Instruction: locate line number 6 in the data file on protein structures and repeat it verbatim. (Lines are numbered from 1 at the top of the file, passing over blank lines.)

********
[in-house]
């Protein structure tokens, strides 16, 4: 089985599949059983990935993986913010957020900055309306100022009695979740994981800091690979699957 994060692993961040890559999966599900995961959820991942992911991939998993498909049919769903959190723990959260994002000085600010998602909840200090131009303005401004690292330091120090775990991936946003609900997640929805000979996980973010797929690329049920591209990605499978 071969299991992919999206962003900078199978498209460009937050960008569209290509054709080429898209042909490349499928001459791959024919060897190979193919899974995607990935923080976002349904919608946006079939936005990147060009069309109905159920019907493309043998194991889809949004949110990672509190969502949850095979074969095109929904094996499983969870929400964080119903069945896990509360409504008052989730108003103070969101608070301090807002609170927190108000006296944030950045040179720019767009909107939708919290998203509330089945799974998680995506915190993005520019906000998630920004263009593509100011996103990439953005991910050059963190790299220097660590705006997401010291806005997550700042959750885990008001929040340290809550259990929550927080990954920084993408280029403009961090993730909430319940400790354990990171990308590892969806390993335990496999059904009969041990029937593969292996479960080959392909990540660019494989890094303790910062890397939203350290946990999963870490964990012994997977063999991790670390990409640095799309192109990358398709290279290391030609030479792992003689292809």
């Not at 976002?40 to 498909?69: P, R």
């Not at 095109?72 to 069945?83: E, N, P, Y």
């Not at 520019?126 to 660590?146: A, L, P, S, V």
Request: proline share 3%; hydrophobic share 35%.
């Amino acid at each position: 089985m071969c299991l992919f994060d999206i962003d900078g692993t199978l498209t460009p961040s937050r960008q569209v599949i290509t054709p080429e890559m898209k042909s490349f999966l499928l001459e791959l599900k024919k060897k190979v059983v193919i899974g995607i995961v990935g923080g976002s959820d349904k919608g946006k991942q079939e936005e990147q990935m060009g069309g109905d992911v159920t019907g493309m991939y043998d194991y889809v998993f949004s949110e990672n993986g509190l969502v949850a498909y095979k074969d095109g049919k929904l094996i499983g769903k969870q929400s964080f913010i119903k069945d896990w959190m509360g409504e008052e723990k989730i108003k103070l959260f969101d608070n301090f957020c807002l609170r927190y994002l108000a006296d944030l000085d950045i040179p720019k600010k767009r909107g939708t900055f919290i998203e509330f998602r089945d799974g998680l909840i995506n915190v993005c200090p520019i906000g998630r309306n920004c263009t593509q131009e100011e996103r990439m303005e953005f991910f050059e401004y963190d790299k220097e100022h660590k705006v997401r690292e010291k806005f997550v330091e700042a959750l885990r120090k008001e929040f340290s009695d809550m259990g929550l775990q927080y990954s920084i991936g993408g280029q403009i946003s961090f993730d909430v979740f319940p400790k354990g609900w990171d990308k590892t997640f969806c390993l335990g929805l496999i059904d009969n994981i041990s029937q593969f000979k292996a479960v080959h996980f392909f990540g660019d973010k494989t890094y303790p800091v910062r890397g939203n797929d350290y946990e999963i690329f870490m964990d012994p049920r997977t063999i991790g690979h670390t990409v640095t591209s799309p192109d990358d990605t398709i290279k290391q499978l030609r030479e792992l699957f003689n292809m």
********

Request: proline share 3%; hydrophobic share 35%.